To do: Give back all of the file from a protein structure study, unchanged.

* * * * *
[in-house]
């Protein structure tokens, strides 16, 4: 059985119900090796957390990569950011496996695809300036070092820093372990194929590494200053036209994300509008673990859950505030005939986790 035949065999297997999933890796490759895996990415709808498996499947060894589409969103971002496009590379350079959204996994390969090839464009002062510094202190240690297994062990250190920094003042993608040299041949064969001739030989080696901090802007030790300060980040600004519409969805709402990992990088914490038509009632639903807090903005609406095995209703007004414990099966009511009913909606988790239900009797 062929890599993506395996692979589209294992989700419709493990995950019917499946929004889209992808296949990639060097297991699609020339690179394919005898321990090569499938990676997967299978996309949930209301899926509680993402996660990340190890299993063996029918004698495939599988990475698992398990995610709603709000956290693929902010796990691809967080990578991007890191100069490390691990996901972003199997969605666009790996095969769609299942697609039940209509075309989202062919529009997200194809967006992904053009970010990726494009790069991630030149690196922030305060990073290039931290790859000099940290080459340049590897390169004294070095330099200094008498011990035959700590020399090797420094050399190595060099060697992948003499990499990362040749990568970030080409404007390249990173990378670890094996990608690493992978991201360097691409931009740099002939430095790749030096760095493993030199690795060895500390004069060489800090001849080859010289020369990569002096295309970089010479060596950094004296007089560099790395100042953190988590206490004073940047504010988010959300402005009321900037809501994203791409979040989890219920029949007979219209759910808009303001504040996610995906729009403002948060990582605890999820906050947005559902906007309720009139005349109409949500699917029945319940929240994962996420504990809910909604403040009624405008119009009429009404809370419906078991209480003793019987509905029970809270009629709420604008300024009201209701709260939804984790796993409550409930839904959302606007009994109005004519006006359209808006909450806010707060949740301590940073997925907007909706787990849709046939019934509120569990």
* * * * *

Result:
[in-house]
């Protein structure tokens, strides 16, 4: 059985119900090796957390990569950011496996695809300036070092820093372990194929590494200053036209994300509008673990859950505030005939986790 035949065999297997999933890796490759895996990415709808498996499947060894589409969103971002496009590379350079959204996994390969090839464009002062510094202190240690297994062990250190920094003042993608040299041949064969001739030989080696901090802007030790300060980040600004519409969805709402990992990088914490038509009632639903807090903005609406095995209703007004414990099966009511009913909606988790239900009797 062929890599993506395996692979589209294992989700419709493990995950019917499946929004889209992808296949990639060097297991699609020339690179394919005898321990090569499938990676997967299978996309949930209301899926509680993402996660990340190890299993063996029918004698495939599988990475698992398990995610709603709000956290693929902010796990691809967080990578991007890191100069490390691990996901972003199997969605666009790996095969769609299942697609039940209509075309989202062919529009997200194809967006992904053009970010990726494009790069991630030149690196922030305060990073290039931290790859000099940290080459340049590897390169004294070095330099200094008498011990035959700590020399090797420094050399190595060099060697992948003499990499990362040749990568970030080409404007390249990173990378670890094996990608690493992978991201360097691409931009740099002939430095790749030096760095493993030199690795060895500390004069060489800090001849080859010289020369990569002096295309970089010479060596950094004296007089560099790395100042953190988590206490004073940047504010988010959300402005009321900037809501994203791409979040989890219920029949007979219209759910808009303001504040996610995906729009403002948060990582605890999820906050947005559902906007309720009139005349109409949500699917029945319940929240994962996420504990809910909604403040009624405008119009009429009404809370419906078991209480003793019987509905029970809270009629709420604008300024009201209701709260939804984790796993409550409930839904959302606007009994109005004519006006359209808006909450806010707060949740301590940073997925907007909706787990849709046939019934509120569990």